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Dish Tue Jun 16 2015

Around Town: Bites and Libations to Put in Your Mouth

Food lists can be difficult. One person's best bite can be another person's meh. Geographical location can limit your experience unless you make an effort to trek beyond convenience, and with more than 7,300 restaurants in the city, rest assured that I have not been to all of them.

While not definitive, the below are a few of the things I've eaten of late that made me stop and say, "I'd do that again." Or the secondary headline, Good Sh*t You May Want to Be Eating if You Haven't Had This Good Sh*t Yet.

Bon app├ętit!

Nonna's Relish Tray
Formento's

Relish Tray.jpg

There are relish trays, and then there's the relish tray at newly opened Formento's (925 W. Randolph St.). This unique spin on the classic relish tray, inspired by the grandmothers of both Chef Tony Quartaro and co-owner John Ross, swaps store-bought olives and pickles for bites like the southern Italian marinated "rinforzo" salad, roasted beets dotted with puffed rice and sweet potato cannoli. Plus, it's served on the same platter that most likely made an appearance at every one of your holiday gatherings. (Photo credit: Formento's)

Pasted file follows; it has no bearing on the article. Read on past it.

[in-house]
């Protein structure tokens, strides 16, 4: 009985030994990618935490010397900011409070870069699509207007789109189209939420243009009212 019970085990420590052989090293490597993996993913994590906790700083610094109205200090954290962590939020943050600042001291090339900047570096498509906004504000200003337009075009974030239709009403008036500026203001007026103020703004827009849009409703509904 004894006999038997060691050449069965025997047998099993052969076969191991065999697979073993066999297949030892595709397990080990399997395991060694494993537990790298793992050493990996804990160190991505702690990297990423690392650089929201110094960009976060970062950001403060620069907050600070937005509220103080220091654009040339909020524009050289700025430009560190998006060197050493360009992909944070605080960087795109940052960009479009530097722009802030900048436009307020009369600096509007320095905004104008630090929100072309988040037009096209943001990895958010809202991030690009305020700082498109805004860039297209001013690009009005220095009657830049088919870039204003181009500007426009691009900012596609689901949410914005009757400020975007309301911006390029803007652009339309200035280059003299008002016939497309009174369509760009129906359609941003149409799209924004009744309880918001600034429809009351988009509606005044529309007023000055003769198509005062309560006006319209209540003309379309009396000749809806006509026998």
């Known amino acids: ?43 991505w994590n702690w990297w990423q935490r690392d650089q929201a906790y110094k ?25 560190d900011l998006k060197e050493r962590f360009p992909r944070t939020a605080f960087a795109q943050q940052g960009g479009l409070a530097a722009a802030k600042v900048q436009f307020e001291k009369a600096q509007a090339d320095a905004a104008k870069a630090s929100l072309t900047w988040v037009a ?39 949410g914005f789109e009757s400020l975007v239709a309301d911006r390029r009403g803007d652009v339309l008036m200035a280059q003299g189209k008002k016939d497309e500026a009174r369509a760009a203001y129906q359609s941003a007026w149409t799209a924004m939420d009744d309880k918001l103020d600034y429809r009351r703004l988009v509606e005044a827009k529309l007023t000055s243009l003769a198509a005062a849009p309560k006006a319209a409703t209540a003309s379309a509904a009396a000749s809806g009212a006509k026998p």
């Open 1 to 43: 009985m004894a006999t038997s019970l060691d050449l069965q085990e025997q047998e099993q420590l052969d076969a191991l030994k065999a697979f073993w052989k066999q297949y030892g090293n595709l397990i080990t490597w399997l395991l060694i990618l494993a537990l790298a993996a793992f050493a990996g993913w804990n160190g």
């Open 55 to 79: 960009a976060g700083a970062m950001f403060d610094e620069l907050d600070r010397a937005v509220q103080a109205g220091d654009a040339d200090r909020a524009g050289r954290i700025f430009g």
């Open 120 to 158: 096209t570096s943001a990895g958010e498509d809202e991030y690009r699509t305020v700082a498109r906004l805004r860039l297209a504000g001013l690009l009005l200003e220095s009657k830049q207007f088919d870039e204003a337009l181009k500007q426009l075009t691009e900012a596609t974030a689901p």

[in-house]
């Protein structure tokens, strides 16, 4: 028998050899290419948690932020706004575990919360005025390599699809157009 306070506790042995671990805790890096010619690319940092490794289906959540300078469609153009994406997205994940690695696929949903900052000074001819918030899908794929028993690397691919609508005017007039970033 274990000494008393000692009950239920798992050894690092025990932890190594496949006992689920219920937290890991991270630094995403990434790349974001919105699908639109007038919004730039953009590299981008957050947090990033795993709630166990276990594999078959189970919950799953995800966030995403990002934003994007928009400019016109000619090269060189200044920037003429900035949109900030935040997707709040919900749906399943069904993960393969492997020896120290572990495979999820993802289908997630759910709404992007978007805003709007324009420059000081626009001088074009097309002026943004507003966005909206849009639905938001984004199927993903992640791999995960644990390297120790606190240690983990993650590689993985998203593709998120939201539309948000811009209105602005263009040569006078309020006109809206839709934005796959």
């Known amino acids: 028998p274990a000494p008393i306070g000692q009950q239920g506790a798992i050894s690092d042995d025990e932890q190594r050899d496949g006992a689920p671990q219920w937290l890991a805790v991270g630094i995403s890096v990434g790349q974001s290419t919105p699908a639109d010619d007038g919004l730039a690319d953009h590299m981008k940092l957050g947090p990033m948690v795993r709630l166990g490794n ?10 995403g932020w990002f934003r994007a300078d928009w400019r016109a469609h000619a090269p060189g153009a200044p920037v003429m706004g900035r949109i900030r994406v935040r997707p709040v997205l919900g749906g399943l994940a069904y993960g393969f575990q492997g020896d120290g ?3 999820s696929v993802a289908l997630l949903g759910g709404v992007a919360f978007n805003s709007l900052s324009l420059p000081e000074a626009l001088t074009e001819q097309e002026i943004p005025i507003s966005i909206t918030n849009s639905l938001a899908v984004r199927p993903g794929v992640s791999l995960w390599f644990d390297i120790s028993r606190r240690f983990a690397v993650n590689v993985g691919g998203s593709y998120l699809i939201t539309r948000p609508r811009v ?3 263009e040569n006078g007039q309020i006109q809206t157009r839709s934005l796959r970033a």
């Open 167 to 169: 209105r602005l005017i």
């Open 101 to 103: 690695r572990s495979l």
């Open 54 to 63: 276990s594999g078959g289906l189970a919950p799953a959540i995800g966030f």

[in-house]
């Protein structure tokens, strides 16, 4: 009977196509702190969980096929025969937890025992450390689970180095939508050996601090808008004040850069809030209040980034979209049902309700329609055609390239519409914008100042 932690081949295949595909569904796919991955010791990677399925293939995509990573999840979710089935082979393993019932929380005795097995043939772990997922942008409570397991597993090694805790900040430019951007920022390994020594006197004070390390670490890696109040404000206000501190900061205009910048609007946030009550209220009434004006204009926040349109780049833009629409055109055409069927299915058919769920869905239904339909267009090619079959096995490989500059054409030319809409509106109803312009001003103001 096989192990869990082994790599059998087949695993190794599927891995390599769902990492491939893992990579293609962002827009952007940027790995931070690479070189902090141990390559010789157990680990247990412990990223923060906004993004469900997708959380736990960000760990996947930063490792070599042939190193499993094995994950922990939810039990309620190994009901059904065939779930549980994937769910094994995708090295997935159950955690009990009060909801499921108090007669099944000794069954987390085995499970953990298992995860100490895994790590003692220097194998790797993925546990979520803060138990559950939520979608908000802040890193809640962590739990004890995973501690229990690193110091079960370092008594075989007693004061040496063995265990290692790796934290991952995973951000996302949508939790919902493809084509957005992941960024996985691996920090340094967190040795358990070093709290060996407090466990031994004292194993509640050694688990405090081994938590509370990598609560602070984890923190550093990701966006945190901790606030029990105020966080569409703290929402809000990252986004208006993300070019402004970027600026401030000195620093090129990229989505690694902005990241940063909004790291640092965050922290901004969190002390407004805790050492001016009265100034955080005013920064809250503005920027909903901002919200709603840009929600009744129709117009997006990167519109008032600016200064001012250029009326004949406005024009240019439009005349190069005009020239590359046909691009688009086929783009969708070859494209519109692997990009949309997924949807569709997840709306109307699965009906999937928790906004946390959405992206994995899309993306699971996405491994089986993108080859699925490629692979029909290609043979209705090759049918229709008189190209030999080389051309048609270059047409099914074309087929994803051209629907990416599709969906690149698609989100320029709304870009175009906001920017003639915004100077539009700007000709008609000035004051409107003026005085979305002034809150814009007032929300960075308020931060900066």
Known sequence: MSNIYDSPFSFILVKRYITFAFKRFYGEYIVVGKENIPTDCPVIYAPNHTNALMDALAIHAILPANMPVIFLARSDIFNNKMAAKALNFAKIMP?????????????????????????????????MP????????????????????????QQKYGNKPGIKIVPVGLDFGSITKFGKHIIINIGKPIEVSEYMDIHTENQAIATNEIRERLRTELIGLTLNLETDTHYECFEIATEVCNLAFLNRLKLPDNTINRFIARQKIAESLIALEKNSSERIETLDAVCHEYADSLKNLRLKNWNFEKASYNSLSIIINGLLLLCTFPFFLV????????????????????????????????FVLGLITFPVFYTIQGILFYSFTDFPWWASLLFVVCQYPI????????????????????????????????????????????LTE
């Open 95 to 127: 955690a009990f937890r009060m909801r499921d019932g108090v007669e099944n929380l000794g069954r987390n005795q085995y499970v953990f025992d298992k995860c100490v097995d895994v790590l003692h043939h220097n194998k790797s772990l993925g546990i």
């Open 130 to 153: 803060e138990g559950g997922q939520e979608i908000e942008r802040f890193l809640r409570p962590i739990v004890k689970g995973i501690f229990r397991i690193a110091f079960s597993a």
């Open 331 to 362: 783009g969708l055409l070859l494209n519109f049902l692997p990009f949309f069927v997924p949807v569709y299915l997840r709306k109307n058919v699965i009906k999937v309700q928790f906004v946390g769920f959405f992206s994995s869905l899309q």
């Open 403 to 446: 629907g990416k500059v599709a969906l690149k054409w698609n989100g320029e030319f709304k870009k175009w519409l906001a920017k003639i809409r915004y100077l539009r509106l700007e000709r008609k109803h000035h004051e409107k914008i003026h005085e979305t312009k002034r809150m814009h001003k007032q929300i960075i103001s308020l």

Generally Mackin'
Drumbar

Generally Mackin.jpg
We are at a place in mixology where being innovative requires more than just making your own bitters or using fresh ingredients. This is something that Whitney Morrow, who recently took over Alex Renshaw's position as head bartender at Drumbar (201 E Delaware Place), knows very well. And her new cocktail list isn't shy of ambition or ingredients. The Generally Mackin' mixes Cooper Kings Brandy, yellow bell pepper, cayenne syrup, lime juice and a fajita side rim, making the end result a "margarita" that you wish you were drinking. (Photo credit: Drumbar)


The King Crab Salad
Momotaro Chicago

Momo Crab #5.jpg

I'm supposed to tell you to get the tomato caviar at Momotaro (820 W. Lake St.)-- a beautiful disc of minced Japanese sweet tomato, Maui onion, and shiso leaves. While visually stunning, and conceptually unique, a few bites in might be too much to continue for some. Just underneath it on the menu, however, and for a couple of more dollars is an unexpected winner, the Raibu Kani No Salada -- Dungeness crab, charred shishito, sweet onion and mustard. It comes served in the shell, which can get trite, but it also makes finding that last piece of crab so fulfilling. (Photo credit: Boka Restaurant Group)


Pimiento Cheese Spread
Big Jones

big jones pimento.jpg